Justice Anthony Kennedy piled on.

"Sovereignty is a slippery word. That's why the framers didn't use it in the Constitution," he said, as if to suggest that he and his colleagues perhaps should skirt a grand exploration of Puerto Rico's status. "Are you suggesting there's kind of a second-class sovereignty and a first-class sovereignty?"

None of these questions have easy answers, and Landau fought hard to get the Supreme Court to see things Puerto Rico's way and adhere to precedents that favor it.

Allison Shelley via Getty Images
U.S. Supreme Court Justice Sonia Sotomayor was very active during oral arguments in a case that could be pivotal for Puerto Rico's political future.

"Do you know what 'Estado Libre Asociado' means in Spanish?" Sotomayor asked at one point, citing the island's local designation, which means a thousand things to Puerto Ricans. Landau responded with a softball: "It means free associated state, literally," and declined to offer more substance.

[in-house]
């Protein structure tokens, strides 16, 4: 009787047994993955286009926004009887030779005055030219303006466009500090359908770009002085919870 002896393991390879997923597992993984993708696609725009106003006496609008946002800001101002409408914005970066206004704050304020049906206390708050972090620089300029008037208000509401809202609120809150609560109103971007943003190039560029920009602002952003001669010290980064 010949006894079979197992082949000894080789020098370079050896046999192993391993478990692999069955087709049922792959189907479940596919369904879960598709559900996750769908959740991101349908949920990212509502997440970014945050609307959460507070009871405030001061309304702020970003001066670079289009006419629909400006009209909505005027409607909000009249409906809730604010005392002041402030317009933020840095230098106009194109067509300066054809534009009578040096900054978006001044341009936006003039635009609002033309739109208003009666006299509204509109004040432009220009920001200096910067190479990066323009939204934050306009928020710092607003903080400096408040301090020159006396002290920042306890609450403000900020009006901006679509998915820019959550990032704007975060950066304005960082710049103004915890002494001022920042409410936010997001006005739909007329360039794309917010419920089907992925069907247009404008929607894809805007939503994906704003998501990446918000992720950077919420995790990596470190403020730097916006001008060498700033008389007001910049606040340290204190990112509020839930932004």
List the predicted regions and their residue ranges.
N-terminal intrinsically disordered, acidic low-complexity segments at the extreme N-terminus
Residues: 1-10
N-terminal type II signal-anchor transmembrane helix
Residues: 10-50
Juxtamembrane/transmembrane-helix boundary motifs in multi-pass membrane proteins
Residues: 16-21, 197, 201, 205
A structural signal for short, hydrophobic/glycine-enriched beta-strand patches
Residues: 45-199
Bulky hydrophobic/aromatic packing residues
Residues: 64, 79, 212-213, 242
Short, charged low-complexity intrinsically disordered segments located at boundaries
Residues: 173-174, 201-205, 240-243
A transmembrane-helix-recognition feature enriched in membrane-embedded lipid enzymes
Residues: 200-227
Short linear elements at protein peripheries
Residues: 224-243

Sotomayor reminded Landau that Congress' arrangement with Puerto Rico never used the term, and with good reason: Congress knew that "states have a different meaning in the United States."

But perhaps the greater revelation came when Nicole Saharsky, the federal government's lawyer, rose to the podium. Asked by Breyer whether "Congress can take back what they gave" Puerto Rico in the 1950s, when Congress approved the island's constitution, she was unequivocal.

"Could Congress revise the arrangements it has with Puerto Rico?" Saharsky said. "And we think the answer is yes, and that that follows from the structure of the Constitution and its history."

That's unlikely to happen any time soon. But the Supreme Court's decision in the Sanchez Valle case could lead to a reckoning in Congress and for the people of Puerto Rico.

A decision is expected sometime before the end of June.